Run the Race (1 Corinthians 9)
Run the Race Message Introduction
Today, we’re continuing our message series called “Bondservant.” Every believer is a bondservant of Jesus Christ, that’s what it means to call Jesus your Lord or master. A bondservant serves their master for life and a bondservant believes in their master for life. In other words a bondservant of Jesus perseveres once they’ve committed their lives to Him.
Romans 10:9 (NIV) That if you confess with your mouth, “Jesus is Lord,” and believe in your heart that God raised him from the dead, you will be saved.
Lord in the Greek is kurios, which means the master of a slave. To be saved, you must confess that Jesus is your master. Secondly, you must believe in your heart the miracle of the resurrection. For if Jesus was not raised from the dead, then He’s still dead and unable to save anyone. But if you confess Jesus as the living Lord, raised from the dead, you will be saved.
Today, we’re going to look at another metaphor for how a bondservant of Jesus lives. My message today is called “Run the Race.” This metaphor is used repeatedly throughout Scripture, both Old and New Testaments. The life of a believer is like running in a race. It’s something that just about everyone can relate to. You’ve either run in some races yourself at some point in your life or you’ve watched others run races.
Real athletes in a race run to finish the race and receive a prize at the end. Nobody likes to run in a race and drop out. Why would someone drop out of a race? There could be a number of reasons. The person may not have trained properly and just didn’t have what it took to finish. The runner make have an injury that prevents them from running the race. Or the runner may not have the mental focus and just quits when it gets too hard. Or finally, the runner may be disqualified by breaking the race’s rules. Regardless of the reason, the runner who quits, does not finish and receive the prize at the end of the race.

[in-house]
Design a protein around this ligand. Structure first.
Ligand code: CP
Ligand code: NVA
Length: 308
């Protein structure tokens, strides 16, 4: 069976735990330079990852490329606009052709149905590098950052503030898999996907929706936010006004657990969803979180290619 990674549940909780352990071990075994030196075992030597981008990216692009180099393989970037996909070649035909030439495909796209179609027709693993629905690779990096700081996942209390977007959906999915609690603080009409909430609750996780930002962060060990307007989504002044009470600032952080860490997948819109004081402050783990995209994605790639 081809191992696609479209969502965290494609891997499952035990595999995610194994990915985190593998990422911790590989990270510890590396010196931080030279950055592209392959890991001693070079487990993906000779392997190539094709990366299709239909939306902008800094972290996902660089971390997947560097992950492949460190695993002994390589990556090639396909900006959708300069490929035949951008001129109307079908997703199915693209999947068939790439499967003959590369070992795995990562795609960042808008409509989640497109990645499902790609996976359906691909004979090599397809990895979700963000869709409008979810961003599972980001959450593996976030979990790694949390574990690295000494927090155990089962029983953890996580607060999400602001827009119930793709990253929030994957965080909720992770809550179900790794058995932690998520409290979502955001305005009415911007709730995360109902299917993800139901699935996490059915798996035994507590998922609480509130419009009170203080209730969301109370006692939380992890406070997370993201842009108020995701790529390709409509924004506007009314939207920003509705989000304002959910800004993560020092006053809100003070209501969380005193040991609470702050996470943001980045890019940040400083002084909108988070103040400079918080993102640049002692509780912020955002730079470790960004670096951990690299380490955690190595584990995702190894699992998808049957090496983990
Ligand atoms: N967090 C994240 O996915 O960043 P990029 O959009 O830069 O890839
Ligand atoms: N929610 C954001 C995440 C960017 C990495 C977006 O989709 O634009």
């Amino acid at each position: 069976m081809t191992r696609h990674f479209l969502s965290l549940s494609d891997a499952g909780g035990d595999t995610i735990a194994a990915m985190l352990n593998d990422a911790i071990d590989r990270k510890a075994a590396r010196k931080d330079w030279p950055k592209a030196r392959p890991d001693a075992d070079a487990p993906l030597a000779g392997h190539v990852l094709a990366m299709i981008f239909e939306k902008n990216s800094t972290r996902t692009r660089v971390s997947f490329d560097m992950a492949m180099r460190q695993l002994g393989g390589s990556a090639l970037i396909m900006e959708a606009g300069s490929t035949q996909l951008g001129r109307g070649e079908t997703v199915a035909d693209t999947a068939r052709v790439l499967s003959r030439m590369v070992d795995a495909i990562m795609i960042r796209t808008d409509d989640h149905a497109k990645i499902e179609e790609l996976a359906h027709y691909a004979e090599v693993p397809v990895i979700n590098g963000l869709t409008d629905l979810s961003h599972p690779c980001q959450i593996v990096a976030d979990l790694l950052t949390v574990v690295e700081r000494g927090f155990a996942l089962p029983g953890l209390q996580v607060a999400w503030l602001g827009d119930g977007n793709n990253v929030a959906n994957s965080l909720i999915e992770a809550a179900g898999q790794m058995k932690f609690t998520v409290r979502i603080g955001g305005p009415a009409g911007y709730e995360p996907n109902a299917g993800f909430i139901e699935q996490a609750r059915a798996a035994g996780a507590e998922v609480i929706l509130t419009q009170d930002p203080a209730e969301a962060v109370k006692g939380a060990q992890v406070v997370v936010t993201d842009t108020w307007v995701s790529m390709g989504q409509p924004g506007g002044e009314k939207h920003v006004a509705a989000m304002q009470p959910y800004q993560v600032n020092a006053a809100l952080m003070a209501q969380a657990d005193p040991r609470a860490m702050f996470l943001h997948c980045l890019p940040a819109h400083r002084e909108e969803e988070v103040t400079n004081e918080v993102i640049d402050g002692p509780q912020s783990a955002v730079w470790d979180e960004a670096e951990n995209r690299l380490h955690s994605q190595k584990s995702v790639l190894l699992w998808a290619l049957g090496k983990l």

2 Timothy 4:7-8 (NIV) I have fought the good fight, I have finished the race, I have kept the faith. Now there is in store for me the crown of righteousness, which the Lord, the righteous Judge, will award to me on that day–and not only to me, but also to all who have longed for his appearing.
In these verses, the apostle Paul writes of his life as running the race. He says here, near the end of his life, that he has finished the race and kept the faith. He looks forward to the prize, the crown of righteousness, the Lord will award to him and to all believers. The crown of righteousness is the righteousness of Jesus Christ,that will be received in fullness at the Judgment Day. The crown symbolizes the eternal life that every believer who finishes the race will receive.
As true believers, we mustn’t just talk about running the race, we must do it. So, let’s see what the Bible says running the race is all about.
Win as many as possible
1 Corinthians 9:19 (NIV) Though I am free and belong to no man, I make myself a slave to everyone, to win as many as possible.
In this series, we are talking about being a slave or bondservant to Jesus Christ. Here, Paul says that not only is he a bondservant of Jesus, he also makes himself a slave to everyone. What does that mean? It means that Paul determined, in the freedom that he had in Christ, to serve others. Why did he do it? In order to win or save as many as possible.